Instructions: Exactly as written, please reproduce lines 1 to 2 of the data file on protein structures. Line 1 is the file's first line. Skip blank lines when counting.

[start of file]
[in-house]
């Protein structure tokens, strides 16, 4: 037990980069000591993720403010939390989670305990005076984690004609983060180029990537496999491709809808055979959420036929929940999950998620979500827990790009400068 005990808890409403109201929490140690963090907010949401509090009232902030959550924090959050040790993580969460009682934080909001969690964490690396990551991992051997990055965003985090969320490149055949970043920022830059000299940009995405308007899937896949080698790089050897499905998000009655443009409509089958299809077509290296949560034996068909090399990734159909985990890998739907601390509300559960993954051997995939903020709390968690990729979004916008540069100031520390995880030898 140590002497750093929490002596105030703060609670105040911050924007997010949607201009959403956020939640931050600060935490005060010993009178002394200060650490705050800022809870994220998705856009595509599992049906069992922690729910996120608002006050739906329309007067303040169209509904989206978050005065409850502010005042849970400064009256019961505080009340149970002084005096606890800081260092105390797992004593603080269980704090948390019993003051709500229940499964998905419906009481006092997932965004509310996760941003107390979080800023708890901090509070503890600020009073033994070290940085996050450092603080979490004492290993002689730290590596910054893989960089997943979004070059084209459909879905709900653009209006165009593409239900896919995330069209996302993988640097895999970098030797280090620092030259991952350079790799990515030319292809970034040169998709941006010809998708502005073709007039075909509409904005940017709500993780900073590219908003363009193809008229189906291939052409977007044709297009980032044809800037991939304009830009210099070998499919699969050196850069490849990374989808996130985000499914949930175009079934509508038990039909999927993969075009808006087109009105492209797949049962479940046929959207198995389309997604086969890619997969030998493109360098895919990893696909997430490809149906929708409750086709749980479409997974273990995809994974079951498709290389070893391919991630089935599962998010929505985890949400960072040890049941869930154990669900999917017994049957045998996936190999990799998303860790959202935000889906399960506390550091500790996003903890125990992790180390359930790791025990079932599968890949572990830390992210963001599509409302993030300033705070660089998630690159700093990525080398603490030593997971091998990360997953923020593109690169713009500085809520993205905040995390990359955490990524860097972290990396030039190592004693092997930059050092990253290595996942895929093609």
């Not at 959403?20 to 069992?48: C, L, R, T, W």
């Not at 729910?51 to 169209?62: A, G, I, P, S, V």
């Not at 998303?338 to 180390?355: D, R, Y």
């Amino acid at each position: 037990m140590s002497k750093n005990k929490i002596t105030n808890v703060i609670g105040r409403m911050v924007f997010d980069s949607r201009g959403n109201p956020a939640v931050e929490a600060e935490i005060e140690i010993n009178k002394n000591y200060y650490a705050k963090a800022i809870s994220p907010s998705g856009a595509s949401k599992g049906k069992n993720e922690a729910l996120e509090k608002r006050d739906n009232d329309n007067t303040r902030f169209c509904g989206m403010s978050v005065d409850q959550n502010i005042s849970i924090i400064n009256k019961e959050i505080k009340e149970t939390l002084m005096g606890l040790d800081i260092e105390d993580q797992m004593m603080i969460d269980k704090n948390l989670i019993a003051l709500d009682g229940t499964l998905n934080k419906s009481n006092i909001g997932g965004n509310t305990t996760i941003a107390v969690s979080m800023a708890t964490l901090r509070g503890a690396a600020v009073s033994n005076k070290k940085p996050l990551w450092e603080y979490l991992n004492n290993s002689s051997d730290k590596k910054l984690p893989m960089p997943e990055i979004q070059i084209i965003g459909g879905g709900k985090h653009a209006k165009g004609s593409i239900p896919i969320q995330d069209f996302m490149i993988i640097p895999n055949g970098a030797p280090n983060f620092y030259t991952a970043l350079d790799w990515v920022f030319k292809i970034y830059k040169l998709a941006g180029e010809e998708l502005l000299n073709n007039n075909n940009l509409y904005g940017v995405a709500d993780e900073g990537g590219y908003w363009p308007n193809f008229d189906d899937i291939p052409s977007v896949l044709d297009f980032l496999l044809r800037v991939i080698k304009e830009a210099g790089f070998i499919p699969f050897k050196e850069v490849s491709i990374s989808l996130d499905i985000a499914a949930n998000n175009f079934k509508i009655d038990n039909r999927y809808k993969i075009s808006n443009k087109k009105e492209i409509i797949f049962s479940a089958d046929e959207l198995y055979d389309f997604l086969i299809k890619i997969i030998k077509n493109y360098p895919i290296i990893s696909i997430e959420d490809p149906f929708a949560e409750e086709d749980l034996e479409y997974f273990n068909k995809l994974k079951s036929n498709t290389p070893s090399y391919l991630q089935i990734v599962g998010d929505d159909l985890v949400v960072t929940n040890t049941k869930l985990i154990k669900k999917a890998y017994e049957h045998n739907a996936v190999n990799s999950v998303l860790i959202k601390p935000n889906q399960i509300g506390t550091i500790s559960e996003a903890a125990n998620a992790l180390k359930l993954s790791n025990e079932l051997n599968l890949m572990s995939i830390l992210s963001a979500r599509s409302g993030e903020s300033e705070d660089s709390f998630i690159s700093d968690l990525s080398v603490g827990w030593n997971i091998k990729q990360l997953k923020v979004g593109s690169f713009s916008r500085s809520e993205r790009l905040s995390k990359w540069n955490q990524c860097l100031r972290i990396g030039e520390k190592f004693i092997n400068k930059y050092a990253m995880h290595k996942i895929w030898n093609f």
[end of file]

[in-house]
């Protein structure tokens, strides 16, 4: 037990980069000591993720403010939390989670305990005076984690004609983060180029990537496999491709809808055979959420036929929940999950998620979500827990790009400068 005990808890409403109201929490140690963090907010949401509090009232902030959550924090959050040790993580969460009682934080909001969690964490690396990551991992051997990055965003985090969320490149055949970043920022830059000299940009995405308007899937896949080698790089050897499905998000009655443009409509089958299809077509290296949560034996068909090399990734159909985990890998739907601390509300559960993954051997995939903020709390968690990729979004916008540069100031520390995880030898 140590002497750093929490002596105030703060609670105040911050924007997010949607201009959403956020939640931050600060935490005060010993009178002394200060650490705050800022809870994220998705856009595509599992049906069992922690729910996120608002006050739906329309007067303040169209509904989206978050005065409850502010005042849970400064009256019961505080009340149970002084005096606890800081260092105390797992004593603080269980704090948390019993003051709500229940499964998905419906009481006092997932965004509310996760941003107390979080800023708890901090509070503890600020009073033994070290940085996050450092603080979490004492290993002689730290590596910054893989960089997943979004070059084209459909879905709900653009209006165009593409239900896919995330069209996302993988640097895999970098030797280090620092030259991952350079790799990515030319292809970034040169998709941006010809998708502005073709007039075909509409904005940017709500993780900073590219908003363009193809008229189906291939052409977007044709297009980032044809800037991939304009830009210099070998499919699969050196850069490849990374989808996130985000499914949930175009079934509508038990039909999927993969075009808006087109009105492209797949049962479940046929959207198995389309997604086969890619997969030998493109360098895919990893696909997430490809149906929708409750086709749980479409997974273990995809994974079951498709290389070893391919991630089935599962998010929505985890949400960072040890049941869930154990669900999917017994049957045998996936190999990799998303860790959202935000889906399960506390550091500790996003903890125990992790180390359930790791025990079932599968890949572990830390992210963001599509409302993030300033705070660089998630690159700093990525080398603490030593997971091998990360997953923020593109690169713009500085809520993205905040995390990359955490990524860097972290990396030039190592004693092997930059050092990253290595996942895929093609």